Chapter 13: Spectroscopy

Ultraviolet-Visible (uv-vis) Spectroscopy

Basics
 Ultraviolet-visible spectropscopy (uv = 200-400 nm, visible = 400-800 nm) corresponds to electronic excitations between the energy levels that correspond to the molecular orbitals of the systems.  In particular, transitions involving π orbitals and lone pairs (n = non-bonding) are important and so uv-vis spectroscopy is of most use for identifying conjugated systems which tend to have stronger absorptions. The lowest energy transition is that between the highest occupied molecular orbital (HOMO) and the lowest unoccupied molecular orbital (LUMO) in the ground state.  The absorption of the EM radiation excites an electron to the LUMO and creates an excited state. The more highly conjugated the system, the smaller the HOMO-LUMO gap, DE, and therefore the lower the frequency and longer the wavelength, l.  The colours we see in inks, dyes, flowers etc. are typically due to highly conjugated organic molecules. The unit of the molecule that is responsible for the absorption is called the chromophore, of which the most common are C=C (π to π*) and C=O (n to π*) systems.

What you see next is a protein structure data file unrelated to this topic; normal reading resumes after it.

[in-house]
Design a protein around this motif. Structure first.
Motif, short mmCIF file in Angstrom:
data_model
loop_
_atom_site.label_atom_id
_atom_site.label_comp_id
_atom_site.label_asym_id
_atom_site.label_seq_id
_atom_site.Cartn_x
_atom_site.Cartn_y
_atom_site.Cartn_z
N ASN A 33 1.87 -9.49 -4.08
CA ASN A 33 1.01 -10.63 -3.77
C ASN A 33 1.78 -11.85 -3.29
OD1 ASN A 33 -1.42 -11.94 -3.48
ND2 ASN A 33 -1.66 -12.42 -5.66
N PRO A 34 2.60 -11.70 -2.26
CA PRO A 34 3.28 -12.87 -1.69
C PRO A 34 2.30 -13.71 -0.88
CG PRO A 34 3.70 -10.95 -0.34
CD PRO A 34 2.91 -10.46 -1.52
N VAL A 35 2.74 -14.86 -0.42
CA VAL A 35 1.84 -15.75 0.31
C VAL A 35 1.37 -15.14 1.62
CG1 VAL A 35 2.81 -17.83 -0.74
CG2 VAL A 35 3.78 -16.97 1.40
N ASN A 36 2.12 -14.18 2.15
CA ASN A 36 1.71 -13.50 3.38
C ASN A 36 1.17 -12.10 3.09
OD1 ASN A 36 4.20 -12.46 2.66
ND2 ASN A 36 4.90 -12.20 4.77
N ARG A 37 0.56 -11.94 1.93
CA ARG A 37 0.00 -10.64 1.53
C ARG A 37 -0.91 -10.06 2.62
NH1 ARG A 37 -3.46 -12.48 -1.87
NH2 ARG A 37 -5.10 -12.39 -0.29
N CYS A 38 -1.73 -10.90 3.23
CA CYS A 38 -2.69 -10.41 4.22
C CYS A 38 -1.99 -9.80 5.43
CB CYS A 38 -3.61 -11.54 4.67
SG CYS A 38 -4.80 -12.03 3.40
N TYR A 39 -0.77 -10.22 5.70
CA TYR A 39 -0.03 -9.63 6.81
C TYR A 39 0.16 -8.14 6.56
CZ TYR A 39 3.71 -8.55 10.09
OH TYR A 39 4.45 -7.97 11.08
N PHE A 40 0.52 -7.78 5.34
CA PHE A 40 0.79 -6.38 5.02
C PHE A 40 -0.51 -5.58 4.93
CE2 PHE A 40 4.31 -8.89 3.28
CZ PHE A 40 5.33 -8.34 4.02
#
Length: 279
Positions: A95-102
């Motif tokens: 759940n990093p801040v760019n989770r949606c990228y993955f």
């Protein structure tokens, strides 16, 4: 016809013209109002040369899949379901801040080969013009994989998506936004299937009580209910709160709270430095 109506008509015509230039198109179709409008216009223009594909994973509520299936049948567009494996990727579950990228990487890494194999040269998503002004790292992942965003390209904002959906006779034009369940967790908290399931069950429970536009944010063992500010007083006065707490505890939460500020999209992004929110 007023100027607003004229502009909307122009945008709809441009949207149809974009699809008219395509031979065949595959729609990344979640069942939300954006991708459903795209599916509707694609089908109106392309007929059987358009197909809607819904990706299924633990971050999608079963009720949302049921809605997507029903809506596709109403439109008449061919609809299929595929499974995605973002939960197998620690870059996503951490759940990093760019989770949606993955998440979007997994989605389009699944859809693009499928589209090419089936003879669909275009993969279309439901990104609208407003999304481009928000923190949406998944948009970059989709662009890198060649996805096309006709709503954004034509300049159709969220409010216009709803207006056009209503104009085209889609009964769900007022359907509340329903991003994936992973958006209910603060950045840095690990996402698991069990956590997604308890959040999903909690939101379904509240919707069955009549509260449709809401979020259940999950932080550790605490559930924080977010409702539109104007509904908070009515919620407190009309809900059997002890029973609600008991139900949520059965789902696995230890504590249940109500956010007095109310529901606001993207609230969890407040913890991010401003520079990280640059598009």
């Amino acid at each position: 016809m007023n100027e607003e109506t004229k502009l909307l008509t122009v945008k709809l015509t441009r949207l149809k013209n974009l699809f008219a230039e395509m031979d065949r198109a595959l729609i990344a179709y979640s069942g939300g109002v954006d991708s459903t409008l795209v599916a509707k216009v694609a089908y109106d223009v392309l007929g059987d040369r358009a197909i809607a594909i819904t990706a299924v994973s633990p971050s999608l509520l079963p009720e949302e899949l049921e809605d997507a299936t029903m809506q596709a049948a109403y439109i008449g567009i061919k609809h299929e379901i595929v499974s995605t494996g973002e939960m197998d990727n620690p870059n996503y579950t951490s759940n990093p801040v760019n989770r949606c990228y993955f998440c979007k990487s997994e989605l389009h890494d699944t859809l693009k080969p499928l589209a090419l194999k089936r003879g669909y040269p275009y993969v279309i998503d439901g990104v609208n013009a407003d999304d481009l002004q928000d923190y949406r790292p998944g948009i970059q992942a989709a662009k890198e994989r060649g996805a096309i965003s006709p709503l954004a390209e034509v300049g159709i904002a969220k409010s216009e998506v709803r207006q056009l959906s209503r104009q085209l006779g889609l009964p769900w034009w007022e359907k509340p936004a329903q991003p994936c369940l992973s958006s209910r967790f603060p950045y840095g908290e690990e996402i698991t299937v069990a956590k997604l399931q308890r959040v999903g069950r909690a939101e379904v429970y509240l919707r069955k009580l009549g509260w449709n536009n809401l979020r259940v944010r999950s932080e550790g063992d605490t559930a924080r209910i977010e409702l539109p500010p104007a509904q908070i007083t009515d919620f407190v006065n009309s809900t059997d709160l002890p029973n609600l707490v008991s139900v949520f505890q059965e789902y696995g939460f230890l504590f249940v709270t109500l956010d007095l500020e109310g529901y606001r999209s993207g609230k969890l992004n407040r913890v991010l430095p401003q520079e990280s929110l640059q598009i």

The following table contains some data for polyenes and demonstrates how the wavelength of the absorbance increases as the conjugated system becomes more extended.

 H(CH=CH)nH λmax / nm εmax 1 170 15,000 2 217 21,000 3 258 35,000

Terminology

 Absorbance A, a measure of the amount of radiation that is absorbed Band Term to describe a uv-vis absorption which are typically broad. Chromophore Structural unit responsible for the absorption. Molar absorptivity ε, absorbance of a sample of molar concentration in 1 cm cell. Extinction coefficicent An alternative term for the molar absorptivity. Path length l, the length of the sample cell in cm. Beer-Lambert Law A = ε.c.l    (c = concentration in moles / litre) λmax The wavelength at maximum absorbance εmax The molar absorbance at λmax HOMO Highest Occupied Molecular Orbital LUMO Lowest Unoccupied Molecular Orbital

 © Dr. Ian Hunt, Department of Chemistry